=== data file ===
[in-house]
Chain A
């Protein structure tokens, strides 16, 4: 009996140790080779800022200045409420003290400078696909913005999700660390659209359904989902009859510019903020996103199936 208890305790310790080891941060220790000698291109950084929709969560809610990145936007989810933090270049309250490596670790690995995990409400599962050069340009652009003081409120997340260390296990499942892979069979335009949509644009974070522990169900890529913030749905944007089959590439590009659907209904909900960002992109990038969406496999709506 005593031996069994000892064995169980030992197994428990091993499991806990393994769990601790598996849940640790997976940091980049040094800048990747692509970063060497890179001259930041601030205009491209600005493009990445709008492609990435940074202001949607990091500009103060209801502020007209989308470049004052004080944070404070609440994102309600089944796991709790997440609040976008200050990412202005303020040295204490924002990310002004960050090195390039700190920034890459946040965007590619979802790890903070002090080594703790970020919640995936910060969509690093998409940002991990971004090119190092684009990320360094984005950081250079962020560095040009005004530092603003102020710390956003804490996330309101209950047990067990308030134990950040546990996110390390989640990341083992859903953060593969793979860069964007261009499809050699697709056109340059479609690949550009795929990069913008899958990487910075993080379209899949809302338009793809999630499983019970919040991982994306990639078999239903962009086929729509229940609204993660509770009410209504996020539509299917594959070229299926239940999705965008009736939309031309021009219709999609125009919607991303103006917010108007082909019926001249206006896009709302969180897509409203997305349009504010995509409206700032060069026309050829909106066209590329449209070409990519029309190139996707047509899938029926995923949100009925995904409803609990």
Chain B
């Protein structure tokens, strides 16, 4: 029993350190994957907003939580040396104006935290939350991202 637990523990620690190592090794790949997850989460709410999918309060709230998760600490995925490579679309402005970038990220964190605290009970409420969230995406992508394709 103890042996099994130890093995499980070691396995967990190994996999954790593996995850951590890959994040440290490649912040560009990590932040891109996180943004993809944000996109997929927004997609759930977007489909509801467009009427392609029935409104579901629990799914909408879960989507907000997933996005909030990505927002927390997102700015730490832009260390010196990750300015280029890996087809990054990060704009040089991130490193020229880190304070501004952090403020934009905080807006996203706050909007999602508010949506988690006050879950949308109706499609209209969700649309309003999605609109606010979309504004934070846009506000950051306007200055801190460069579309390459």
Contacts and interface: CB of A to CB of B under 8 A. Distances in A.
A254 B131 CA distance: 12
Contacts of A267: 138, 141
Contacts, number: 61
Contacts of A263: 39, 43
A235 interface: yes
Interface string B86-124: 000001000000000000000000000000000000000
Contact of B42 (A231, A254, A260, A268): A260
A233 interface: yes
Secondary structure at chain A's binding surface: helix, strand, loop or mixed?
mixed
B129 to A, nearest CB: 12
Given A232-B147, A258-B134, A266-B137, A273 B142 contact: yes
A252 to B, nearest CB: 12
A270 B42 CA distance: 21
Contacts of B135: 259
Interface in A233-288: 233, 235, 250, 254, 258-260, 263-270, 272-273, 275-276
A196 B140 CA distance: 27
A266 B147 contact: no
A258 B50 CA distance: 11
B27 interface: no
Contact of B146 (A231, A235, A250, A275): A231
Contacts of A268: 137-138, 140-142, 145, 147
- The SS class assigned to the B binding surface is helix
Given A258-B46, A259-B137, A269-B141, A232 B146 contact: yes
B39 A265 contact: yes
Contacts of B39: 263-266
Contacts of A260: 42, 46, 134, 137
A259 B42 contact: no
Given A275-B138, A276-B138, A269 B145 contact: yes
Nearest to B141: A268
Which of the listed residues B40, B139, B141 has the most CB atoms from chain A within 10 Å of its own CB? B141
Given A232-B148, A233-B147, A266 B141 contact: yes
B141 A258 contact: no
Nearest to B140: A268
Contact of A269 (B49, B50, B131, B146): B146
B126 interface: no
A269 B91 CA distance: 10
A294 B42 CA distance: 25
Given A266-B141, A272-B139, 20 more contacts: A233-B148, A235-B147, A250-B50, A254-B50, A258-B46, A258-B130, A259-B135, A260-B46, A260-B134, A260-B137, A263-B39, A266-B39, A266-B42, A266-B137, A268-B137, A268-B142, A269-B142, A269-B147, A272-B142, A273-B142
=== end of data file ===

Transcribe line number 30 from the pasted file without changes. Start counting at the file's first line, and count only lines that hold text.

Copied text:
Given A258-B46, A259-B137, A269-B141, A232 B146 contact: yes